This is only the last. Right-wing cultural warriors talk about free speech and silence. Those on the left speak of hate speech and “safe spaces”. In a world of “cancel culture”, each wants to cancel the other.

What we don’t do is disagree. The media, with a few exceptions, does not help. The debate revolves around points of divergence and conflict: polarizing and dividing.

This is not what democracy was designed for. Yes, it’s supposed to be a contest of ideas. Yes, it is supposed to be vigorous. All too often the so-called “middle ground” is where politics dies.

But what happened to the vision of John Stuart Mill, which sought to build freedom by softening the limits of the extreme to reduce the difference between us? Not to found a meaningless environment, but to put reason above resentment.

Culture wars fill columns — at great cost

Ours is a graceless politics. The public is disillusioned. Primary votes for major parties in the 1930s and polls showing that young people, in particular, have lost faith in democracy, tell us that something is wrong.

Today is transgender sport. Earlier in the year it was religious freedom. Then, as now, a real issue of contested rights and how to live respectfully and fully with our differences was stifled by a focus on bigotry and discrimination.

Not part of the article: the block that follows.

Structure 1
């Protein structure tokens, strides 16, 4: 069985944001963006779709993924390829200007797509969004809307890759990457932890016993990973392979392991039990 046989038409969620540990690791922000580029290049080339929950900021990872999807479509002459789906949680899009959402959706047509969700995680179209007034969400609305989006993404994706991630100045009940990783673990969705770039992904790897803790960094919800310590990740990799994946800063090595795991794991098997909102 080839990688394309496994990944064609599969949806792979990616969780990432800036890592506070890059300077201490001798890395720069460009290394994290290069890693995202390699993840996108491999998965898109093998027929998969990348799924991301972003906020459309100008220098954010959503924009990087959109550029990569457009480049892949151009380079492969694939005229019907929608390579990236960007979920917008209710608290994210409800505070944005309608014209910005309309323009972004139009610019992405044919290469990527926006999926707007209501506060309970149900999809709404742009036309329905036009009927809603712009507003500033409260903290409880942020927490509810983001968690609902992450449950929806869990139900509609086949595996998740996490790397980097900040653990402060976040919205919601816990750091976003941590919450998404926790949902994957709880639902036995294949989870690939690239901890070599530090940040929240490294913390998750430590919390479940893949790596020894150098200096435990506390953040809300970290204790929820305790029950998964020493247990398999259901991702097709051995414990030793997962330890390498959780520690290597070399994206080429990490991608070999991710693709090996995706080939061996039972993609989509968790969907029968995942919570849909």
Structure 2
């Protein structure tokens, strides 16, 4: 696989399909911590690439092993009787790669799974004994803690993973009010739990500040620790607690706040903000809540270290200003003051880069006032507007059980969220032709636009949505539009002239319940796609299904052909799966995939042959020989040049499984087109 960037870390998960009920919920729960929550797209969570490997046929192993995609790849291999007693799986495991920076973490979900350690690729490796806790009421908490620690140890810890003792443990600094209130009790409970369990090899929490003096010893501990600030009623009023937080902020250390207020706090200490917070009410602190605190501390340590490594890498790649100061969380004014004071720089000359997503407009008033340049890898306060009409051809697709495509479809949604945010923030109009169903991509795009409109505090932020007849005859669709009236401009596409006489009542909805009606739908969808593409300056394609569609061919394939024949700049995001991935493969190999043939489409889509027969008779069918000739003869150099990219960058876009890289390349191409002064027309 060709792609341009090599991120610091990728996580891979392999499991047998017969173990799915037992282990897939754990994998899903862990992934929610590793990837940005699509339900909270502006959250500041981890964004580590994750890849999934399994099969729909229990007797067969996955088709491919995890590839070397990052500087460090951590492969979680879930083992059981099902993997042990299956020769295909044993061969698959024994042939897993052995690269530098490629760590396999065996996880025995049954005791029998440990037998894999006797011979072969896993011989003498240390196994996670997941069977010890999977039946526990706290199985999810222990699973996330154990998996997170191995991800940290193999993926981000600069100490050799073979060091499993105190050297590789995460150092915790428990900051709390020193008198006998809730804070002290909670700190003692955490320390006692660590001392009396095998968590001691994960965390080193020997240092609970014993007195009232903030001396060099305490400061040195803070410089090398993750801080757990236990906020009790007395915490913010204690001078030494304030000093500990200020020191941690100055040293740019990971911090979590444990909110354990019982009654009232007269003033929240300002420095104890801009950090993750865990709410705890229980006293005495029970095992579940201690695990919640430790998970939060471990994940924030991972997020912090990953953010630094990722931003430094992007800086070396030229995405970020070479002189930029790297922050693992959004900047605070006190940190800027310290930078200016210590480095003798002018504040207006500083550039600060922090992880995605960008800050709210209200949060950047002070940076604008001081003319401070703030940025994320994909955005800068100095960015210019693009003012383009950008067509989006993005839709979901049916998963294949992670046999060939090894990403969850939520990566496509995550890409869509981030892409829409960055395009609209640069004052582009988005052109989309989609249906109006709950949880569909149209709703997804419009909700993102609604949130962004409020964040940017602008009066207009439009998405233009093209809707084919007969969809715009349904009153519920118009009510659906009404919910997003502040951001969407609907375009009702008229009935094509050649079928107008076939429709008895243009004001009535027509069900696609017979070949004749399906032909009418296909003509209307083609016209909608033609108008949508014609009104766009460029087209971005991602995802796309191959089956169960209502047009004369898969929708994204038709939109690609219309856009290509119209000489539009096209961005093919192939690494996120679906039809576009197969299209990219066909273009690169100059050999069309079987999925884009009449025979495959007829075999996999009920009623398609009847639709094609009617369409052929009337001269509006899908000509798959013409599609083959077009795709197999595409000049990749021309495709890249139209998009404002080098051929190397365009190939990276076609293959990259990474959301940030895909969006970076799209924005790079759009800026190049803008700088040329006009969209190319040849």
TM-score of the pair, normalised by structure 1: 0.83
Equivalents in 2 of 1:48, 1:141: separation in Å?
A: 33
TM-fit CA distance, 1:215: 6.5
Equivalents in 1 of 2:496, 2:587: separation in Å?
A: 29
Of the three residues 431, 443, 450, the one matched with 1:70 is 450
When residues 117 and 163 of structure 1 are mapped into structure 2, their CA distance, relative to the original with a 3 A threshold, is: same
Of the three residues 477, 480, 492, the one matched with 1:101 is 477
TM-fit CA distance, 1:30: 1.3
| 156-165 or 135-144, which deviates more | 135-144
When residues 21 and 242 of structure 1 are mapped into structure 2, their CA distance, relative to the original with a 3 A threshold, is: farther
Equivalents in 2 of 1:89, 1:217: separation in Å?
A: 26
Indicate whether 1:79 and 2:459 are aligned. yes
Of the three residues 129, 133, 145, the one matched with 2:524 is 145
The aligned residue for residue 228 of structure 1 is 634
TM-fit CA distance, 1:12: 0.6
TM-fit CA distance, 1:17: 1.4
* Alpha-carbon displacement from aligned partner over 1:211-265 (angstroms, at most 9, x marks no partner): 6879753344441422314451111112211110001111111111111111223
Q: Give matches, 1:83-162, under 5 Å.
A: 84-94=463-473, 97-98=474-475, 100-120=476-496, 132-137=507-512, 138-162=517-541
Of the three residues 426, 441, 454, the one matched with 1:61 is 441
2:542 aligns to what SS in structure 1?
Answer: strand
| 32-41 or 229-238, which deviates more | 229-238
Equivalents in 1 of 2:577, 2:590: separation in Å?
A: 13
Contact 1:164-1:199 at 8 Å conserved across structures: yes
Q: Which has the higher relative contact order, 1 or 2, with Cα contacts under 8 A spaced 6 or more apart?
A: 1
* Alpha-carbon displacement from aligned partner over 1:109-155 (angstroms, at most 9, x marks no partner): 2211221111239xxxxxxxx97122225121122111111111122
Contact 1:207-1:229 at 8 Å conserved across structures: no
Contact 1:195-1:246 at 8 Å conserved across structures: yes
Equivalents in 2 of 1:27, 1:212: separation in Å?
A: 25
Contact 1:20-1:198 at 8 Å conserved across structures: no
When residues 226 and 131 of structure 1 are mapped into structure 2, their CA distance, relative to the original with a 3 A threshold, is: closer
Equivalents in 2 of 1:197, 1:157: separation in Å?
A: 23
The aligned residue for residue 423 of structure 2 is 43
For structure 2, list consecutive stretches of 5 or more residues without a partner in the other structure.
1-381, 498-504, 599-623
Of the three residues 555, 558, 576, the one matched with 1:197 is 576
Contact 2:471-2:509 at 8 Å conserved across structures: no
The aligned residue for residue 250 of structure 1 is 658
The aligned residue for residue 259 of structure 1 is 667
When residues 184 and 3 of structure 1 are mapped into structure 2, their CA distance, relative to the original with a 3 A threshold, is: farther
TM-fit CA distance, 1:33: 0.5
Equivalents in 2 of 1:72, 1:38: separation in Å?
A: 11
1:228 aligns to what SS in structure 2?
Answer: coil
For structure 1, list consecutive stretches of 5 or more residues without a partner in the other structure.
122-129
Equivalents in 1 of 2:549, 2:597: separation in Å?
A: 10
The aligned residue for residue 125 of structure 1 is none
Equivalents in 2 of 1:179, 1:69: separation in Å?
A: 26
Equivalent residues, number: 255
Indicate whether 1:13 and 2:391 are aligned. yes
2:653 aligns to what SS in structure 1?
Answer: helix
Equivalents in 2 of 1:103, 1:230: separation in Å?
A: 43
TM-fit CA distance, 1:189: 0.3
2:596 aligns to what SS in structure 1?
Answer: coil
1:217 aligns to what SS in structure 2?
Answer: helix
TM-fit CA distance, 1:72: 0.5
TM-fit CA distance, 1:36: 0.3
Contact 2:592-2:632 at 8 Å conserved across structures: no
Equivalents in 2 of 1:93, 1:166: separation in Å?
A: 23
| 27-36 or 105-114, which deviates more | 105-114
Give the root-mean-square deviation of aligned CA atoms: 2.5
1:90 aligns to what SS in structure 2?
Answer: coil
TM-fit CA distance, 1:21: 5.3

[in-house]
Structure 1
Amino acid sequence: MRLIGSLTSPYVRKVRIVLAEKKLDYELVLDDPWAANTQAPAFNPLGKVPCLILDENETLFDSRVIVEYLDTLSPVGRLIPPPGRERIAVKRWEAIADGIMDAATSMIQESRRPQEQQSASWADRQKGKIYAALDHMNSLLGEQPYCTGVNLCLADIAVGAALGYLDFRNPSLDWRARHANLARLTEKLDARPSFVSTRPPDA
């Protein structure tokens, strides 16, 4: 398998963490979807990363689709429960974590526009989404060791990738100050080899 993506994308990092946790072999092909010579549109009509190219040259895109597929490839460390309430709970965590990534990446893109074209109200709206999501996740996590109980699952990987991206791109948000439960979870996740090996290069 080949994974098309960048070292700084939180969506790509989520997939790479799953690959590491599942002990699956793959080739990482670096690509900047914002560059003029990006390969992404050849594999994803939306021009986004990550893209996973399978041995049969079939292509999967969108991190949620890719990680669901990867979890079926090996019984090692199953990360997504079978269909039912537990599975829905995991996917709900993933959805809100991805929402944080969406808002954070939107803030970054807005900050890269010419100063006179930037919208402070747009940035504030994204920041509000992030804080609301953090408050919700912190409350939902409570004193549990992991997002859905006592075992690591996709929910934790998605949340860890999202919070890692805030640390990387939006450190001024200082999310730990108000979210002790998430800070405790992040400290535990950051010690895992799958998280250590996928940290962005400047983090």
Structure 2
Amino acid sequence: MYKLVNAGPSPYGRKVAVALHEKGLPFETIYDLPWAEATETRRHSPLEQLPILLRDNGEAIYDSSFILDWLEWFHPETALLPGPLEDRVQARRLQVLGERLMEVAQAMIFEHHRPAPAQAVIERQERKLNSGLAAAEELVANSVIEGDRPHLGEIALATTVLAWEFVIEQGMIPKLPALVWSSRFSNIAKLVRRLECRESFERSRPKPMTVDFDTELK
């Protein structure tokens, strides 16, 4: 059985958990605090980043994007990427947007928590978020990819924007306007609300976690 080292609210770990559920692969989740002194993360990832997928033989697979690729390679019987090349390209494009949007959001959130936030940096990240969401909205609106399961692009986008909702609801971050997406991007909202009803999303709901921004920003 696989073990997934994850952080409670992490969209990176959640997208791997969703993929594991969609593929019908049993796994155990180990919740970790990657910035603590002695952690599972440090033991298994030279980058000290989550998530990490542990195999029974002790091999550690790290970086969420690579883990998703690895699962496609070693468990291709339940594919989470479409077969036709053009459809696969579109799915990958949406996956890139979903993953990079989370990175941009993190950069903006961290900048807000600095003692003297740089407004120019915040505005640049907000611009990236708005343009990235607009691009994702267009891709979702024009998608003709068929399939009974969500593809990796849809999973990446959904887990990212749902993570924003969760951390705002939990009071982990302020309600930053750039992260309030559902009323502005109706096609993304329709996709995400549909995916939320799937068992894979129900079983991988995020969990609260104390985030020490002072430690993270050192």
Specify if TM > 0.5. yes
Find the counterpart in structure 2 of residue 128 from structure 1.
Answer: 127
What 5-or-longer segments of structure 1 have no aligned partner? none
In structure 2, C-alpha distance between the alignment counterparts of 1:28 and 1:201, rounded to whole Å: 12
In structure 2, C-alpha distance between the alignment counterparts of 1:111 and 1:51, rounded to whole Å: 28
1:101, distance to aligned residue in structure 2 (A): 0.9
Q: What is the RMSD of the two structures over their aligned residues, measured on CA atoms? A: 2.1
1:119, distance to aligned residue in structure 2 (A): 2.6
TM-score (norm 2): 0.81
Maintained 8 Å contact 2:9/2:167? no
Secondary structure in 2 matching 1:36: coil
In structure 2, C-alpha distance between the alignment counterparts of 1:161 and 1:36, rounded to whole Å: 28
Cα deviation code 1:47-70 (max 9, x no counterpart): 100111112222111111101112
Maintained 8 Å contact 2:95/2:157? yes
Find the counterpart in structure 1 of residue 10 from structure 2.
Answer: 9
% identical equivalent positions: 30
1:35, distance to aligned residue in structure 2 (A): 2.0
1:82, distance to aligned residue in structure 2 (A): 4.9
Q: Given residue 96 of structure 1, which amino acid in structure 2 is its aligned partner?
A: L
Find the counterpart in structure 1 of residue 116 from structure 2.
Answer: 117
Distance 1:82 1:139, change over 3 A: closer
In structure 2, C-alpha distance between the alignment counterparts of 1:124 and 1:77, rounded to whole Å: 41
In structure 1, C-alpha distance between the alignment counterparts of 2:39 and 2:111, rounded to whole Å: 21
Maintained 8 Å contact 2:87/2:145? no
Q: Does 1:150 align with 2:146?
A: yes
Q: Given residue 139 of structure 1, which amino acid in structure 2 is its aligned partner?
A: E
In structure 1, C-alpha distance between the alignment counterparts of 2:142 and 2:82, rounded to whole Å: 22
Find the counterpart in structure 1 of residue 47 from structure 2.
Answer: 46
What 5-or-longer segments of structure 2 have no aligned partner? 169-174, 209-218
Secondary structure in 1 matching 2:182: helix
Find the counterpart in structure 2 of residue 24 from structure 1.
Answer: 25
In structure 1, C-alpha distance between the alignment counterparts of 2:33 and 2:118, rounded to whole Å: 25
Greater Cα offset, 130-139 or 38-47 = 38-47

As with the transgender issue, we have gone to extremes to make our respective cases.

The secular left has sought to characterize believers as hateful ideologues. Conservative religious groups seemed more determined to talk about exclusion than God’s superior gift of embrace.

Israel Folau looks straight ahead during the rematch ceremony ahead of an Australia v Ireland test.
Israel Folau was a pawn in a political culture war.(PA: Dave Hunt)

Rugby player Israel Folau has become a touchstone, with each side using him for their own ends. For some, he was a Christian publicly proclaiming the Bible’s teachings on sin. For others, he was an intemperate bigot who needed to be silenced and fired.

Folau has never been a threat to Australian social cohesion, nor has he been the rock on which to build a case for freedom of religious expression. He was a pawn in a political culture war.

It fills the column inches. He emboldens the fighters. It feeds political identity. And this has a cost for all of us.

This type of identity politics erodes what is essential for democracy, what American political scientist Mark Lilla has called a “civic us”.

The culture wars have also prevented us from reaching a settlement on the greatest question of Australian virtue: a just reconciliation with First Nations peoples.